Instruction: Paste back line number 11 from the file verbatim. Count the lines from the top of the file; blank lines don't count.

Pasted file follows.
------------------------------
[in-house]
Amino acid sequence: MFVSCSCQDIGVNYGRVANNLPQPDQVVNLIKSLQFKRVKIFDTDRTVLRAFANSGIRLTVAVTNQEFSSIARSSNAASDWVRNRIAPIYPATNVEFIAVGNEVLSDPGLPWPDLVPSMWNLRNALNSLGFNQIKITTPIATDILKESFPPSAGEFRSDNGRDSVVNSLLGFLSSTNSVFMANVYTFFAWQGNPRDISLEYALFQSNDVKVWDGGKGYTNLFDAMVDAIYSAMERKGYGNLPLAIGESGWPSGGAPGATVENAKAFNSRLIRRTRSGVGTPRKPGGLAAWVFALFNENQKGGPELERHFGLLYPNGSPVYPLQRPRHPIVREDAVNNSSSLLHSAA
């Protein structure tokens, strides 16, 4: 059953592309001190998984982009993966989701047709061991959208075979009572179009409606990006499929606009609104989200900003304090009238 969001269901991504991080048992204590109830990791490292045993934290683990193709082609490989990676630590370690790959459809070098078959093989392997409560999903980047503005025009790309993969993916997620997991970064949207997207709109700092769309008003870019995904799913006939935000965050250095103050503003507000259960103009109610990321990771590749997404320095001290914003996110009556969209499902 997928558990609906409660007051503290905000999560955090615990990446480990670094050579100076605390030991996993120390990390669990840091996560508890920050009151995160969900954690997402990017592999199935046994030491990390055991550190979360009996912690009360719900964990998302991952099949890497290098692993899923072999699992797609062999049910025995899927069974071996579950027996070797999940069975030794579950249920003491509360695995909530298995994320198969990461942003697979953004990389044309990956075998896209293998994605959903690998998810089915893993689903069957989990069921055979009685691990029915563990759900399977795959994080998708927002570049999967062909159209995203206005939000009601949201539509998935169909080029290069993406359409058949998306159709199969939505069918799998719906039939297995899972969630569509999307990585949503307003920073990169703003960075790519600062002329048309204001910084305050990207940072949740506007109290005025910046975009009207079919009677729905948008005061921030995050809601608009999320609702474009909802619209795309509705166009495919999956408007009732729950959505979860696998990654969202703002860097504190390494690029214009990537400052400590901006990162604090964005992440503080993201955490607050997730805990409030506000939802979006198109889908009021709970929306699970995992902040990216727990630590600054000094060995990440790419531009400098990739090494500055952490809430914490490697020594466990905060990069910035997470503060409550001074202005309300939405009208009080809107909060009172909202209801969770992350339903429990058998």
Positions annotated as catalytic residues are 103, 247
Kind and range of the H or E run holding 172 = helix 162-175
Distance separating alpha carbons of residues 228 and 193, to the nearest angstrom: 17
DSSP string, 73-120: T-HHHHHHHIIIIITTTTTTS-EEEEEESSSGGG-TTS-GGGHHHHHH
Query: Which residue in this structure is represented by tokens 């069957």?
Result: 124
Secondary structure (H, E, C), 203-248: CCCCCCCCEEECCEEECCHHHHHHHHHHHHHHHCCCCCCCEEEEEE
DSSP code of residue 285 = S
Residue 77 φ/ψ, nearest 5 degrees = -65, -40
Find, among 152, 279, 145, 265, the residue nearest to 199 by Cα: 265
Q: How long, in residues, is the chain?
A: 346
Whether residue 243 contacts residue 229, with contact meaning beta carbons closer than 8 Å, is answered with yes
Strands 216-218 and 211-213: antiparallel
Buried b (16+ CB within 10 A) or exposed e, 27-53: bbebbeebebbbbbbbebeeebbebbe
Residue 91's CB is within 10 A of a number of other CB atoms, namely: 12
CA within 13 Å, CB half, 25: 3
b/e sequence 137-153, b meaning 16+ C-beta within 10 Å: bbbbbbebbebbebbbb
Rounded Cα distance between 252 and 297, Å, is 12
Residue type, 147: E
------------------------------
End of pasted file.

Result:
DSSP code of residue 285 = S